In recent times, deafness has not been regarded as a barrier to learning, and deaf children attend mainstreamed schools and deaf schools across the country. But this was not always the case. In fact, prior to the early 19th century, deaf children received virtually no formal education. Certainly some were taught to read and write by family members, but many worked in jobs that valued physical skills over mental ones. The person who was instrumental in changing this situation would later lend his name to the world's first liberal arts university for the deaf.

Thomas Hopkins Gallaudet was a pioneer of deaf education in the United States. An acquaintance in Hartford, Connecticut had a young daughter named Alice Cogswell who had become deaf in infancy due to illness. Gallaudet was eager to prove that Alice could be taught, and after successfully educating her his mission turned toward other deaf children. At the time, there were approximately 80 deaf children in the New England area, and about 800 total in the country. Gallaudet traveled to Europe to research methods of educating the deaf, starting in London with the Braidwood school. Unfortunately he did not have much luck, as the Braidwood family felt their oralist method was proprietary and did not wish to freely share it with an outsider. Gallaudet declined to pay for each deaf child educated under this method, and had to leave London without having gained anything for his year-long stay there.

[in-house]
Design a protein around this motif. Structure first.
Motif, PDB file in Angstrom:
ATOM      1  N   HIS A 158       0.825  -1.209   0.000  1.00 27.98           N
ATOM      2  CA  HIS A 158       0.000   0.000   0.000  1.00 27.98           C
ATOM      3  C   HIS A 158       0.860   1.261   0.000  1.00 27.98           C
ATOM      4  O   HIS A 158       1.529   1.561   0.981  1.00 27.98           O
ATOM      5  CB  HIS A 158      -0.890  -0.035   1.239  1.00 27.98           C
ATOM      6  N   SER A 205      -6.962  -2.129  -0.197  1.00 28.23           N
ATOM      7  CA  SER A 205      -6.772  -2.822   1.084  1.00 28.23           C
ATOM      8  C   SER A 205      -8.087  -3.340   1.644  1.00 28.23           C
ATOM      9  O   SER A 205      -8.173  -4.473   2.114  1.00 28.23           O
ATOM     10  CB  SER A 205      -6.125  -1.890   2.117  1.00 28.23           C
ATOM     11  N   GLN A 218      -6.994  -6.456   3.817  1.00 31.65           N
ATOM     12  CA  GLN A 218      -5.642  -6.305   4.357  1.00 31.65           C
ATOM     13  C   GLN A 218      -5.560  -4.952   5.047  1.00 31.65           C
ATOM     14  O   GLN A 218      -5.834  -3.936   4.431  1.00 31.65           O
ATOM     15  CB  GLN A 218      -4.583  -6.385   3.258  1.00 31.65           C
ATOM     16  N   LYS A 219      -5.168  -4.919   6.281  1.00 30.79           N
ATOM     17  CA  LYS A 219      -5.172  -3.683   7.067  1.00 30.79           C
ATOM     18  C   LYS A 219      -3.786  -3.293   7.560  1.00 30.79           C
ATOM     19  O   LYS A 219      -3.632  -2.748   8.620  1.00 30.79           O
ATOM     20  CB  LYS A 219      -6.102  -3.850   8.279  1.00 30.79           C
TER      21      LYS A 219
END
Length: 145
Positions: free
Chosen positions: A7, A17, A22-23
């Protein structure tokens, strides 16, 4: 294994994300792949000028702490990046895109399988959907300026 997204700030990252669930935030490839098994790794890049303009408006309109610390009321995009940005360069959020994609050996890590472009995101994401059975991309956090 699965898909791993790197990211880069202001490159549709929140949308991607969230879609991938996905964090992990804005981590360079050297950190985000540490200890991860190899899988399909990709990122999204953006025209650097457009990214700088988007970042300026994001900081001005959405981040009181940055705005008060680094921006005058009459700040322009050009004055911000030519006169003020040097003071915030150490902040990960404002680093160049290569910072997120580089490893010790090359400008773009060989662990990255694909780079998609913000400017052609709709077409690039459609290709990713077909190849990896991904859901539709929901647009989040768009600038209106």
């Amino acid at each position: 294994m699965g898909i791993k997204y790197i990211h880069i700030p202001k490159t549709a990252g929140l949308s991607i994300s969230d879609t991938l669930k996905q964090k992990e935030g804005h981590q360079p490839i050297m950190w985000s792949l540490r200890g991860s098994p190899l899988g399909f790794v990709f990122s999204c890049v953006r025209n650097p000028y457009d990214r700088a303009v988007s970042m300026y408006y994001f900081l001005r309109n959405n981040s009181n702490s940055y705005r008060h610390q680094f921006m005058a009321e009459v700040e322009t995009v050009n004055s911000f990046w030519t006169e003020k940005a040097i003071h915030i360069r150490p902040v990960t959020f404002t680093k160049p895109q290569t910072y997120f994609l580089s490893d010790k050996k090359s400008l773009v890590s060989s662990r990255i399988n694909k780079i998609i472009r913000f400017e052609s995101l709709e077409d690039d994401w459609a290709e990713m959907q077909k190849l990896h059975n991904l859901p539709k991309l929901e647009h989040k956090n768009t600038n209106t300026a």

While in London, though, Gallaudet had met a French abbott who was successfully educating deaf children there. He traveled to France and visited Abbé Sicard's school, where he met Jean Massieu and Laurent Clerc, assistants at the school who were deaf themselves. Sicard preferred manualism over oralism, and Gallaudet stayed for some time attempting to master sign language as well as methods for teaching deaf children. He was forced to return to the United States because he could no longer afford to stay in Europe, but Laurent Clerc traveled with him; Clerc continued to teach sign language to Gallaudet on the transatlantic voyage, and Gallaudet taught Clerc English in exchange.